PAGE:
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dc.contributor.authorKonovalov, Kirill A.
dc.contributor.authorWang, Wei
dc.contributor.authorWang, Guo
dc.contributor.authorGoonetilleke, Eshani C.
dc.contributor.authorGao, Xin
dc.contributor.authorWang, Dong
dc.contributor.authorHuang, Xuhui
dc.date.accessioned2021-06-10T08:21:53Z
dc.date.available2021-06-10T08:21:53Z
dc.date.issued2021-05-13
dc.date.submitted2020-12-17
dc.identifier.citationKonovalov, K. A., Wang, W., Wang, G., Goonetilleke, E. C., Gao, X., Wang, D., & Huang, X. (2021). A Comprehensive mechanism for 5-carboxylcytosine induced transcriptional pausing revealed by Markov state models. Journal of Biological Chemistry, 100735. doi:10.1016/j.jbc.2021.100735
dc.identifier.issn0021-9258
dc.identifier.pmid33991521
dc.identifier.doi10.1016/j.jbc.2021.100735
dc.identifier.urihttp://hdl.handle.net/10754/669503
dc.description.abstractRNA polymerase II (Pol II) surveils the genome, pausing as it encounters DNA lesions and base modifications and initiating signals for DNA repair among other important regulatory events. Recent work suggests that Pol II pauses at 5-carboxycytosine (5caC), an epigenetic modification of cytosine, due to a specific hydrogen bond between the carboxyl group of 5caC and a specific residue in fork loop 3 of Pol II. This hydrogen bond compromises productive NTP binding and slows down elongation. Apart from this specific interaction, the carboxyl group of 5caC can potentially interact with numerous charged residues in the cleft of Pol II; However, it is not clear how other interactions between Pol II and 5caC contribute to pausing. In this study, we use Markov state models (a type of kinetic network models) built from extensive molecular dynamics simulations to comprehensively study the impact of 5caC on Pol II translocation. We describe two translocation intermediates with specific interactions that prevent the template base from loading into the Pol II active site. In addition to the previously observed state with 5caC constrained by the fork loop 3, we discovered a new intermediate state with a hydrogen bond between 5caC and fork loop 2. Surprisingly, we find that 5caC may curb translocation by suppressing kinking of the helix bordering the active site (the bridge helix) since its high flexibility is critical to translocation. Our work provides new insights into how epigenetic modifications of genomic DNA can modulate Pol II translocation, inducing pauses in transcription.
dc.description.sponsorshipThis work was supported by Hong Kong Research Grant Council (Grant numbers: 16302214, 16307718, 16303919, T13-605/18-W, AoE/M-09/12, and AoE/P-705/16 to X. H. and PF16-06144 to K. A. K.); Innovation and Technology Commission (Grant numbers: ITCPD/17-9 and ITC-CNERC14SC01 to X.H.); University of California San Diego start-up fund to D. W.; King Abdullah University of Science and Technology Office of Sponsored Research (Grant numbers: FCC/1/1976-23, FCC/1/1976-26, URF/1/4098-01-01, and REI/1/0018-01-01 to X.G.); Hong Kong Research Grant Council Collaborative Research Fund: (C6021-19EF to X. H.).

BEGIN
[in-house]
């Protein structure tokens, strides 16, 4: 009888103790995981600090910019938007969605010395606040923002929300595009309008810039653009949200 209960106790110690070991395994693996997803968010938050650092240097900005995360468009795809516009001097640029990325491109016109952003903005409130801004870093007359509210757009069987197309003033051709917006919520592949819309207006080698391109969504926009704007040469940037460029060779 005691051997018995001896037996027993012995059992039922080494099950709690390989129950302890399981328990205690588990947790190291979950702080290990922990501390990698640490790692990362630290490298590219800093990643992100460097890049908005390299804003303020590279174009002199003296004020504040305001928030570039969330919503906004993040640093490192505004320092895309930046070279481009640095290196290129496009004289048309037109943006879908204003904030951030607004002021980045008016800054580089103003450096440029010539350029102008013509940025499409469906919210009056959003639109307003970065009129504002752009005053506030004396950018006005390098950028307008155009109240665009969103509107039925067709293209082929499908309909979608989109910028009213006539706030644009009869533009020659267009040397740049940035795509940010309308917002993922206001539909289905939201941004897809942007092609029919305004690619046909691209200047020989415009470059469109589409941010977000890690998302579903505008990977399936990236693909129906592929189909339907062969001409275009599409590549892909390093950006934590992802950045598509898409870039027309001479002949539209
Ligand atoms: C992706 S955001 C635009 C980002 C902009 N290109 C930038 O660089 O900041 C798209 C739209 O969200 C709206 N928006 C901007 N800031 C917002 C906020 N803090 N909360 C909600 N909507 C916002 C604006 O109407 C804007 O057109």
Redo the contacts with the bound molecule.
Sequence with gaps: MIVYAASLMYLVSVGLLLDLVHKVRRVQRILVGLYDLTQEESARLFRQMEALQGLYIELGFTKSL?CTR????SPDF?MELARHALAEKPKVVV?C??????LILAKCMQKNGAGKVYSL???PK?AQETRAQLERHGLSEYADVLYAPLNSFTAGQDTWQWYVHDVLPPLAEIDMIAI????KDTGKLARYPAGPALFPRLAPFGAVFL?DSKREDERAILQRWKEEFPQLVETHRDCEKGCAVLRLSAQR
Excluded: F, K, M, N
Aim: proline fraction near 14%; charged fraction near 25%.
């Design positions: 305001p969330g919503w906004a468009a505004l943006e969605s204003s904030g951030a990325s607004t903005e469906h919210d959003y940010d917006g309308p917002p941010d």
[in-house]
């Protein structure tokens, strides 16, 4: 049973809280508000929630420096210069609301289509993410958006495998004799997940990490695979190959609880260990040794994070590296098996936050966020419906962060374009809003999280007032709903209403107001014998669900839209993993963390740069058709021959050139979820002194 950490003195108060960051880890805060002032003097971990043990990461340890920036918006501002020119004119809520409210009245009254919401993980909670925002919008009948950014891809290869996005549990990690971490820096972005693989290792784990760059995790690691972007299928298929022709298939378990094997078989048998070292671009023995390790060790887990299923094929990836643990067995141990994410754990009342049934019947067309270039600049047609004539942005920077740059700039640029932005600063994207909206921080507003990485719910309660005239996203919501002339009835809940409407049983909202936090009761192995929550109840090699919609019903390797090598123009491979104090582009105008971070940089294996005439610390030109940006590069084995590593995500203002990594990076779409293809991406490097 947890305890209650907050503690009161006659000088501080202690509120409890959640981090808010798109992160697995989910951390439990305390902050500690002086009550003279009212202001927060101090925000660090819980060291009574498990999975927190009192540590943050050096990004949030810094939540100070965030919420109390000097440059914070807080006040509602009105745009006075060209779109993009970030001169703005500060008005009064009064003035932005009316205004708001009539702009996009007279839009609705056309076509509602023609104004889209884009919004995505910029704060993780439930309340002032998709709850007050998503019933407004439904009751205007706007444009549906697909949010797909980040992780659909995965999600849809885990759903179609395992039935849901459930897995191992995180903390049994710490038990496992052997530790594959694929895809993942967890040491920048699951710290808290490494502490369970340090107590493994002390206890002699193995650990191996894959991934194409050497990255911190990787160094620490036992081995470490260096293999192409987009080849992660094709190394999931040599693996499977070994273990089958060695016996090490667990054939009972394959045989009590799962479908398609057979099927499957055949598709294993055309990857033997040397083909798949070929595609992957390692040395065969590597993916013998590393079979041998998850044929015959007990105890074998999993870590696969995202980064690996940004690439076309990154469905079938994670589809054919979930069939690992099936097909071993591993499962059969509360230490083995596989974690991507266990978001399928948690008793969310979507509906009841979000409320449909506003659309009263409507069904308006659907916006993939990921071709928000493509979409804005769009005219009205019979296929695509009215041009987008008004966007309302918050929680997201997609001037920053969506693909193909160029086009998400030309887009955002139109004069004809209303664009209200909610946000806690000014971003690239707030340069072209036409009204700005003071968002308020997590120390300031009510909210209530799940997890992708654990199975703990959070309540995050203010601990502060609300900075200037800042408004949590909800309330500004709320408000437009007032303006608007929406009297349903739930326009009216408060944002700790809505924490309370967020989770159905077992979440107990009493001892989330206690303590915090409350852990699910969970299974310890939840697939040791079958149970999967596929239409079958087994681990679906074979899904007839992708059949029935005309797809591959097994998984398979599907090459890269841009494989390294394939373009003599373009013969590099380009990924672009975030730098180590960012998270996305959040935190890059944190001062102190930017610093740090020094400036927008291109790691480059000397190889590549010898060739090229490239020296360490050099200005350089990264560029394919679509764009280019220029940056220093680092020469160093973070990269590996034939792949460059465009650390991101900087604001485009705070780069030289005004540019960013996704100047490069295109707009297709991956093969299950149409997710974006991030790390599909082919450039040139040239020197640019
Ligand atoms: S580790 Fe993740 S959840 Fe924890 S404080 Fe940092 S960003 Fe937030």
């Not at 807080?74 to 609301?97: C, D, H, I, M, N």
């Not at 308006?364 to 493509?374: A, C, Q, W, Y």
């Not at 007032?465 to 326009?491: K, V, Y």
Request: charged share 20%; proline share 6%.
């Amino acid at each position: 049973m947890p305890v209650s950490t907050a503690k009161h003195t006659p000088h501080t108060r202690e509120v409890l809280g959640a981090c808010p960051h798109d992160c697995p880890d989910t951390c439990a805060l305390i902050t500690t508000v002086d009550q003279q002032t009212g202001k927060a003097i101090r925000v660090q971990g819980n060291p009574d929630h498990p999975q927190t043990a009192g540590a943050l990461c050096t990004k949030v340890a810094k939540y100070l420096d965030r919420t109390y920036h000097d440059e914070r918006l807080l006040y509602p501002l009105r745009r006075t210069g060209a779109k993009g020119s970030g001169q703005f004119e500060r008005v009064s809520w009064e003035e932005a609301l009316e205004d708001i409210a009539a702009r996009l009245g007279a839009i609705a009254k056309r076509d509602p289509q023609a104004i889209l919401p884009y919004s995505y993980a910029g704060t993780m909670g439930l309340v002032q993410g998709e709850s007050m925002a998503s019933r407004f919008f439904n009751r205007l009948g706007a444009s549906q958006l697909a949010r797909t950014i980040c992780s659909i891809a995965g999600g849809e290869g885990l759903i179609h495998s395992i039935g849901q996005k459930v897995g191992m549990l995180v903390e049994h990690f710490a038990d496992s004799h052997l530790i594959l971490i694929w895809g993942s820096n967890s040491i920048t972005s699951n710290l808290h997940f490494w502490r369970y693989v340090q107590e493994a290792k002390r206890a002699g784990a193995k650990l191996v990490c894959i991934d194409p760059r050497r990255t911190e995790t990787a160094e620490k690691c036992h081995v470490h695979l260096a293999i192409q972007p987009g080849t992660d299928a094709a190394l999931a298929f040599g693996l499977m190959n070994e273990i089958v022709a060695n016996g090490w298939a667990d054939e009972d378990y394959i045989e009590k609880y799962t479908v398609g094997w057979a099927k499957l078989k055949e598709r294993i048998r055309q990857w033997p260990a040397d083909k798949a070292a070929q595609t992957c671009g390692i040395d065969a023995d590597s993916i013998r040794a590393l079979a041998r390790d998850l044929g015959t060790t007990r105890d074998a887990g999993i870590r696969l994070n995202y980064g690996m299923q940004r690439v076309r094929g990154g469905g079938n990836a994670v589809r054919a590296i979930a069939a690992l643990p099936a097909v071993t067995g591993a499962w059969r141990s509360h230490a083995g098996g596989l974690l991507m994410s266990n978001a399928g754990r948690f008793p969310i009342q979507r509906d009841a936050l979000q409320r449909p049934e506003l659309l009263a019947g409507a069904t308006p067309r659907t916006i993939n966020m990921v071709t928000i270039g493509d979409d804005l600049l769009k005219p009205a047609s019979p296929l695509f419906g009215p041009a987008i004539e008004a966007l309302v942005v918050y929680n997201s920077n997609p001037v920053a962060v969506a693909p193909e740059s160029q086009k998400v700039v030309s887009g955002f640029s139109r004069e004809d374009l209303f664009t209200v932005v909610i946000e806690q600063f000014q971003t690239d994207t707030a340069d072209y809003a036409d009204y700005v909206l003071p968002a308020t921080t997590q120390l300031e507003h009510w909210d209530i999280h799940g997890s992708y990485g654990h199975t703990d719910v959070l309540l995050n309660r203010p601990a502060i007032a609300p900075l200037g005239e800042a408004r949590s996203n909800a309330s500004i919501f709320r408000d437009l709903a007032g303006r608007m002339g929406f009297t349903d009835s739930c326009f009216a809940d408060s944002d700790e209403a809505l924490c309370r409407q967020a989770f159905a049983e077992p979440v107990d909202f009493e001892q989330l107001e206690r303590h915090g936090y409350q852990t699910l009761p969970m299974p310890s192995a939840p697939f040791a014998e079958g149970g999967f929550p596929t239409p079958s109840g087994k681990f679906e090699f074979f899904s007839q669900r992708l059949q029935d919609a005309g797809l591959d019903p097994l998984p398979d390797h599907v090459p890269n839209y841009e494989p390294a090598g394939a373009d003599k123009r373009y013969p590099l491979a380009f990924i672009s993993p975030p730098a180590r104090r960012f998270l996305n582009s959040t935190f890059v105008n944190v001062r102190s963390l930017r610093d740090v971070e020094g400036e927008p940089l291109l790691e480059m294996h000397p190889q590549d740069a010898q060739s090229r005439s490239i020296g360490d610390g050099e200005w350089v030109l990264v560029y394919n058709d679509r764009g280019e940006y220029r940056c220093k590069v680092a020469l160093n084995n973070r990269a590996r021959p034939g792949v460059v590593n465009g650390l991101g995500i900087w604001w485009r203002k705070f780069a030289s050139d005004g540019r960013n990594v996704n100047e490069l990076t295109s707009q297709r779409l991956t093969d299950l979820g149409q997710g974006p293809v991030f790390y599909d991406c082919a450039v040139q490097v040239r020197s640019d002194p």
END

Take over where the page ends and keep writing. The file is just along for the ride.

dc.publisherElsevier BV
dc.relation.urlhttps://linkinghub.elsevier.com/retrieve/pii/S002192582100524X
dc.rightsThis is an open access article under the CC BY license.
dc.rights.urihttp://creativecommons.org/licenses/by-nc-nd/4.0/
dc.titleA Comprehensive mechanism for 5-carboxylcytosine induced transcriptional pausing revealed by Markov state models
dc.typeArticle
dc.contributor.departmentComputational Bioscience Research Center (CBRC)
dc.contributor.departmentComputer Science Program
dc.contributor.departmentComputer, Electrical and Mathematical Science and Engineering (CEMSE) Division
dc.contributor.departmentStructural and Functional Bioinformatics Group
dc.identifier.journalJournal of Biological Chemistry
dc.eprint.versionPublisher's Version/PDF
dc.contributor.institutionDepartment of Chemistry, State Key Laboratory of Molecular Neuroscience, The Hong Kong University of Science and Technology, Kowloon, Hong Kong.
dc.contributor.institutionHong Kong Center for Neurodegenerative Diseases, Hong Kong Science Park, Hong Kong.
dc.contributor.institutionDepartment of Cellular and Molecular Medicine, University of California San Diego, La Jolla, CA, USA.
dc.contributor.institutionDivision of Pharmaceutical Sciences, Skaggs School of Pharmacy and Pharmaceutical Sciences, University of California San Diego, La Jolla, California, USA.
dc.identifier.pages100735
kaust.personGao, Xin
kaust.grant.numberFCC/1/1976-23
kaust.grant.numberFCC/1/1976-26
kaust.grant.numberURF/1/4098-01-01
kaust.grant.numberREI/1/0018-01-01
dc.date.accepted2020-04-27
refterms.dateFOA2021-06-10T08:23:38Z
kaust.acknowledged.supportUnitOSR
dc.date.published-online2021-05-13
dc.date.published-print2021-01


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